Samuel Umtiti was the hero for France as his second-half header secured a 1-0 victory over Belgium and a place in Sunday’s World Cup final in Moscow.
Umtiti’s 51st minute effort proved to be the difference between the two sides on a night when both defences were eager not to give too much away.
Read on as we look at the main talking points from Day 27 at the World Cup.
It wasn’t pretty at times, but France just about deserved their victory over Belgium.
The result sets up a meeting with either England or Croatia in Sunday’s final and manager Didier Deschamps is hoping his side can banish the memories of their defeat against Portugal in the European Championship final in 2016.
“This is exceptional – I am very happy for my players, we showed character and the right mentality,” said Deschamps.
“Two years ago, I remember what happened two years ago. We will go into this final to win it, as we have still not gotten over the (2016) final.
“I feel very proud for my group. We have been 49 days together. There were a lot of things, a lot of difficult things. Everyone can take credit.”
Belgium run out of ideas
Belgium have received plenty of plaudits during the World Cup, but their star players came up short in St Petersburg.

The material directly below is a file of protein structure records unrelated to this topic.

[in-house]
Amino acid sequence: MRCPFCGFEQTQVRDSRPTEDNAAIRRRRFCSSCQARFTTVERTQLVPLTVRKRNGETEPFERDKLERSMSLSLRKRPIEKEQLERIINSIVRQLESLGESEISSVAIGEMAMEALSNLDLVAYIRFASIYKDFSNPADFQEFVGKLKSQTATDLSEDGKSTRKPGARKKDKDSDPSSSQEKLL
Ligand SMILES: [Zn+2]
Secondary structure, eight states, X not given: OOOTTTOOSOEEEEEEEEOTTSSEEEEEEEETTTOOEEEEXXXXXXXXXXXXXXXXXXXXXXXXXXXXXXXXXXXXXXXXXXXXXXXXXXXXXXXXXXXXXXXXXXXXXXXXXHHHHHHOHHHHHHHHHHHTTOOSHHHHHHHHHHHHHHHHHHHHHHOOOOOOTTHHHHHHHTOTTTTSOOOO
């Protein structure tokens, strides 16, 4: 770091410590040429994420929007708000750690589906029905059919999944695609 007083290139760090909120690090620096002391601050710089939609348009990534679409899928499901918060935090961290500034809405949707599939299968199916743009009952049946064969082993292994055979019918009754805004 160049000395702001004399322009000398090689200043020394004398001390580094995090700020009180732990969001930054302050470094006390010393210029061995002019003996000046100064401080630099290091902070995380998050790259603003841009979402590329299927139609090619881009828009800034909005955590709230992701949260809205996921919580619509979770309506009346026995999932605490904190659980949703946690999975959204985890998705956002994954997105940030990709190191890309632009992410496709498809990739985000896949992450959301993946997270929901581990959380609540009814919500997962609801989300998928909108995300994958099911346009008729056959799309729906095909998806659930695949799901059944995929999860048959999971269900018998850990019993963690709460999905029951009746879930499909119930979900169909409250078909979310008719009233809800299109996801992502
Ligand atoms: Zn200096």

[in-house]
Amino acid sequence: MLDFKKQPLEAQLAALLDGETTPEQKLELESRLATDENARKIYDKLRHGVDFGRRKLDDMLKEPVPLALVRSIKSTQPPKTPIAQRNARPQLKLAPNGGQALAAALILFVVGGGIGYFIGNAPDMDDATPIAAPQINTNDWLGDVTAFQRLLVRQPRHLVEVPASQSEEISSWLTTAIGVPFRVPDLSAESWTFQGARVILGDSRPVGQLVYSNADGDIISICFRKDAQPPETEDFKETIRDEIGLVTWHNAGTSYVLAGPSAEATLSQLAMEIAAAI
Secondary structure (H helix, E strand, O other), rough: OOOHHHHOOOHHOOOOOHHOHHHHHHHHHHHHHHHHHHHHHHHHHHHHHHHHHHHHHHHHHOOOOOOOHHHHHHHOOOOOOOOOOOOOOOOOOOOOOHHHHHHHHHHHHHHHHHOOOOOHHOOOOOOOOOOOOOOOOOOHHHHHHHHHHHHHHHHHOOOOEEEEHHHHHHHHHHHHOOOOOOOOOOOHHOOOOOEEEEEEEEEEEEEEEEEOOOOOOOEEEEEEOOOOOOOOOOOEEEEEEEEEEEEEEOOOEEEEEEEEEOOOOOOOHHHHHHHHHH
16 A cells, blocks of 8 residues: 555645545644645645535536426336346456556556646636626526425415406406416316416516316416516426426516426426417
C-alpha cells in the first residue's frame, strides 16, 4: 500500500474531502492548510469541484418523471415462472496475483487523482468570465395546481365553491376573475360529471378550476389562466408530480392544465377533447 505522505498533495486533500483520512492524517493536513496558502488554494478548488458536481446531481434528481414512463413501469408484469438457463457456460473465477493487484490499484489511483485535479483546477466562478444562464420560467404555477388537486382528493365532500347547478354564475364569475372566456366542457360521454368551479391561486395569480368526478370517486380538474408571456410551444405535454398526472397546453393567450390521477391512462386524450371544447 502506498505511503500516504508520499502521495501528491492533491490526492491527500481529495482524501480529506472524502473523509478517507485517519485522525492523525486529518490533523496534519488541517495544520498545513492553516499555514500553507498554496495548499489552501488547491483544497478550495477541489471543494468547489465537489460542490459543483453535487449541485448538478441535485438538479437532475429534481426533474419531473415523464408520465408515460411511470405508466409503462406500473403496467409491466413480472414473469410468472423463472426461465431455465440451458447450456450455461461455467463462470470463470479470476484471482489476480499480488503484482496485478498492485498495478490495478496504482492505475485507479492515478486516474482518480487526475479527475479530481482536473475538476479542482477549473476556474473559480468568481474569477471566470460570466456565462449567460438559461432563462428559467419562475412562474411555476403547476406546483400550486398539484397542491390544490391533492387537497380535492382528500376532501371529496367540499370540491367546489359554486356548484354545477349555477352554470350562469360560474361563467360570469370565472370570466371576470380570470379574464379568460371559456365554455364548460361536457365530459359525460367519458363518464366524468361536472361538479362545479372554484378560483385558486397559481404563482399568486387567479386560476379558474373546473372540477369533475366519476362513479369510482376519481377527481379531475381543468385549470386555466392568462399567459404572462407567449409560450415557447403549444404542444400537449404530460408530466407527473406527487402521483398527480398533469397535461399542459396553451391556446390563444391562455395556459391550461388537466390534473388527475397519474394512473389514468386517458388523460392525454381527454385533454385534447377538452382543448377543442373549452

The likes of Eden Hazard and Kevin De Bruyne were unable to break down their opponents, while striker Romelu Lukaku went missing on a night when his country needed him most.
Despite the defeat, manager Roberto Martinez refused to criticise his players.
“It was a dead ball situation which was the difference,” he said. “It was a close game and it was very tight and it was going to be decided by that bit of luck in front of goal.
“The attitude of the players was brilliant and we couldn’t ask for any more. We have to understand one team wins and the other loses, and we did what we could.”
“We have one game left and I want to ensure we finish the tournament on a high because these players don’t deserve to leave here with a bad taste.”
England expects (again)
World Cup fever has gripped England following their unexpected run to a semi-final meeting with Croatia on Wednesday.
Many fans believe that the Three Lions can win the tournament for the first time since 1966 and manager Gareth Southgate is pleased with the way his team is unifying the country.
“We are really proud of the support we have received – we have had the chance to make a difference,” he said.
“Our supporters and our country has had a long time suffering in terms of football. They have real enthusiasm for these players, not only for the way they have played but also for the way they have conducted themselves.
“They are proud to wear the shirt. Our country has been through some difficult moments recently in terms of unity, but sport has the power to unite – and football in particular has the power to do that.
“You can feel the encouragement and support. It is a special feeling and a privilege.”
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